The good news is that we've heard that the $15 million request is included in the state Senate's budget items for the surplus; now it needs to get into the governor's budget.
Improving access to health care for trans and gender-nonconforming people will save money in the long run. It will reduce emergency room visits, which are a drain on public coffers, and allow patients to get the medications and care that they need from clinics and medical providers.
Another item that would benefit the LGBTQ community is a request for $750,000 for the preservation and accessibility of queer archives across the state. In a February letter to Legislative LGBTQ Caucus Chair Assemblyman Evan Low (D-Campbell), the leaders of the GLBT Historical Society and the James C. Hormel LGBTQIA Center in San Francisco; the ONE Archives at USC Libraries and OUTWORDS in Los Angeles; the Lambda Archives in San Diego; the June L. Mazer Lesbian Archives in West Hollywood; the Archives and Special Collections at UCSF; and the Center for LGBTQ and Gender Studies in Religion at the Pacific School of Religion in Berkeley, requested this small amount of state funding. The groups received $500,000 in state funds last fiscal year (allocated to the California State Library). In their letter, the officials pointed out that as these institutions begin to emerge from the pandemic, much work remains in digitizing collections and for new acquisitions. This is a miniscule amount of money in the state's budget, and Newsom should fund it.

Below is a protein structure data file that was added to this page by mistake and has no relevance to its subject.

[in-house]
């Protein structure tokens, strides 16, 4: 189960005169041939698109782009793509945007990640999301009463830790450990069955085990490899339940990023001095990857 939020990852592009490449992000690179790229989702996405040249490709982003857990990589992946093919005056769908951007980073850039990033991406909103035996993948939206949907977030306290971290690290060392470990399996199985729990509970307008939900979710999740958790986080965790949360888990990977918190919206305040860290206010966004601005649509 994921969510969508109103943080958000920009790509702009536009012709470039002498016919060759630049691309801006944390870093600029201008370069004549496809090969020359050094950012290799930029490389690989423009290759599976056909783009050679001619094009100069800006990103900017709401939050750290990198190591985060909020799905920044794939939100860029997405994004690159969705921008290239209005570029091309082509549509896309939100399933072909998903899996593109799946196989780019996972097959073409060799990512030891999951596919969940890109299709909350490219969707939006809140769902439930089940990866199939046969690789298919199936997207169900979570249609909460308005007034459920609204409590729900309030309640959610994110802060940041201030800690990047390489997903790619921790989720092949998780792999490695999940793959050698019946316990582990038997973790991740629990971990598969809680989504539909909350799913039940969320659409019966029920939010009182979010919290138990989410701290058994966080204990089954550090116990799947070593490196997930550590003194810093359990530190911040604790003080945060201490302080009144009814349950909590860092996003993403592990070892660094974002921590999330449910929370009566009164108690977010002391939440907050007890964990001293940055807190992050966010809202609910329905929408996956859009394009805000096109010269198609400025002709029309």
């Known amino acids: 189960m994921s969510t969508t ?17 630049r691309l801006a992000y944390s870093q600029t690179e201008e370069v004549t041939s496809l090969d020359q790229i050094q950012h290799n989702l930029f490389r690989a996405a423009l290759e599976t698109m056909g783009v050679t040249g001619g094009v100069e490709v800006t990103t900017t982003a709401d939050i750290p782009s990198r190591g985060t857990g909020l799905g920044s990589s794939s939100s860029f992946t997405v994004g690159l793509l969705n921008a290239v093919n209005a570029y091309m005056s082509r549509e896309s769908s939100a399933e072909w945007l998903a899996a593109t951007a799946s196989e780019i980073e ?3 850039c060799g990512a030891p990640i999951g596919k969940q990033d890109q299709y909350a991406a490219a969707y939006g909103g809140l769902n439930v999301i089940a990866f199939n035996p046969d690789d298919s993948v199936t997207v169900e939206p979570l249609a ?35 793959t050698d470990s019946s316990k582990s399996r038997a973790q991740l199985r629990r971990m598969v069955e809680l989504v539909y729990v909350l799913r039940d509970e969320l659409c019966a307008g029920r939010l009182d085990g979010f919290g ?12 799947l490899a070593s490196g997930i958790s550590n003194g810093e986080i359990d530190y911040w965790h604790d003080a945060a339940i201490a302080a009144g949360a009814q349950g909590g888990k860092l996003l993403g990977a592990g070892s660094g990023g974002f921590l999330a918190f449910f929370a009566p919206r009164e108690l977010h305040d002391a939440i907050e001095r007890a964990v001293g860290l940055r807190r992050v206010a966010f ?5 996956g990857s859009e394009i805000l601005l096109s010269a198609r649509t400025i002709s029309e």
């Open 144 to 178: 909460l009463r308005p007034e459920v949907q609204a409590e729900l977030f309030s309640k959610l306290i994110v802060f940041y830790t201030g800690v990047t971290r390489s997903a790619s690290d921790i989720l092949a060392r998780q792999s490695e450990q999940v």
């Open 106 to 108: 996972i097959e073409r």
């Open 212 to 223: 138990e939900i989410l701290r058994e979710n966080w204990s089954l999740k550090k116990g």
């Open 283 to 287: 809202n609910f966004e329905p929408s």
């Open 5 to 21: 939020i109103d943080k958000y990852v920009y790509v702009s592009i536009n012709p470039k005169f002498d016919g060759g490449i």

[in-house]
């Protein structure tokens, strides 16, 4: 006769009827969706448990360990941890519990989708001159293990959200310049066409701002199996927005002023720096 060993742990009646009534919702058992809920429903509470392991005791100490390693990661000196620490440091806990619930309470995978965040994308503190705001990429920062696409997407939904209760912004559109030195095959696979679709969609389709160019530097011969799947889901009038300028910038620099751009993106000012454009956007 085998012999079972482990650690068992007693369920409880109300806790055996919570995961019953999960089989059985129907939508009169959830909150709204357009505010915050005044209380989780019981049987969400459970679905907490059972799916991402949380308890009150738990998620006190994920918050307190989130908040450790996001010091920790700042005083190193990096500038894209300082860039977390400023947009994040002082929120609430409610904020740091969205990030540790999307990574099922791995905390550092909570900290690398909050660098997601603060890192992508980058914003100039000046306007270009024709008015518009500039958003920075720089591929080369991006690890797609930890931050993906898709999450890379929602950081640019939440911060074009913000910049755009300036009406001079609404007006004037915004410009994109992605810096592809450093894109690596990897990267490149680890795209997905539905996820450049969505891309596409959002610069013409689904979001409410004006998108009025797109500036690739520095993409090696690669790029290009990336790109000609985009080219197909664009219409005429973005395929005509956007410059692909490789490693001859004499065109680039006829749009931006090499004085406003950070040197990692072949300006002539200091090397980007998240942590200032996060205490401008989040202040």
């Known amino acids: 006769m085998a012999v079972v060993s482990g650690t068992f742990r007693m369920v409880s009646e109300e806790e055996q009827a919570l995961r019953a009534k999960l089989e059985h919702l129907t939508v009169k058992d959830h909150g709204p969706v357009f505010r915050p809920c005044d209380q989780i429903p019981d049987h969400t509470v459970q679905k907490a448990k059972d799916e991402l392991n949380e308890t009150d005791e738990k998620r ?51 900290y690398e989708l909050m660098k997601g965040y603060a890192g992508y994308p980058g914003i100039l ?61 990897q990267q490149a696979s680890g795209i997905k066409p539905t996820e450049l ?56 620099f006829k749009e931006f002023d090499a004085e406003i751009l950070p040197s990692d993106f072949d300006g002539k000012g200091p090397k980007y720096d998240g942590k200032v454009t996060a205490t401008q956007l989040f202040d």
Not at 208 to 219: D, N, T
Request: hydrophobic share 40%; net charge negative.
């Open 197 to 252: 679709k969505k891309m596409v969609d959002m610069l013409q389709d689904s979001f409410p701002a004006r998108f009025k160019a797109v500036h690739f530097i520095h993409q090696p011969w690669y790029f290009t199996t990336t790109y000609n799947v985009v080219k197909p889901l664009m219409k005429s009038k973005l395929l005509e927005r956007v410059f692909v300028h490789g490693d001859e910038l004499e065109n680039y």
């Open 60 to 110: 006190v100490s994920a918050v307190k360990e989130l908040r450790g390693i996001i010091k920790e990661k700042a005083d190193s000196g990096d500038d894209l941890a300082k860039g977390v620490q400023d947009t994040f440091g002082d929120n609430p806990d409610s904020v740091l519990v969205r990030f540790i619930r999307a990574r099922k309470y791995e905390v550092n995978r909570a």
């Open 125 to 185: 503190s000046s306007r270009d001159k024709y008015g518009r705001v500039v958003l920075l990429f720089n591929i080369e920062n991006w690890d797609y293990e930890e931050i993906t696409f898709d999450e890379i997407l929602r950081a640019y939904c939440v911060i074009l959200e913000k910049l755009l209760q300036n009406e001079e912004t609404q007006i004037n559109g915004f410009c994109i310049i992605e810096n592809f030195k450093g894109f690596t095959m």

HIV/AIDS, hepatitis, STIs
So far there is no new funding in the state's budget to fund HIV, viral hepatitis, sexually transmitted infections, or overdose programs. The End the Epidemics coalition is urging lawmakers and Newsom to include funding for these critical services. It's ridiculous that in a state like California, there isn't a robust plan that is funded to address health issues that still affect millions of residents.
As the B.A.R. has been reporting, STI rates are expected to rise post-COVID. The potential confluence between untreated STIs, antibiotic resistant STIs, and the expected resurgence of socializing this year and beyond worries experts such as Dr. Stephanie Cohen, a straight ally who is the medical director of the Department of Public Health's City Clinic in the South of Market neighborhood.
The state should seek to address this sooner, rather than later.
There is one bit of good news in Newsom's "California Roars Back" $100 billion comeback plan — Equality California announced the governor's revised budget includes $3 million for the state Department of Education to develop LGBTQ+ teacher training. As a spate of unprecedented attacks on trans students are occurring in states across the country, this funding is sorely needed. Like the aforementioned trans health fund, a bill was passed and signed by Newsom, but was stripped of funding.
Overall, Newsom must make LGBTQ issues a part of his budget and the surplus. Trans health, history preservation, HIV/AIDS, and teacher training are crucial and benefit more than just LGBTQ people. If the governor really wants the state to roar back after the pandemic, it's initiatives like these programs that will benefit communities up and down the Golden State.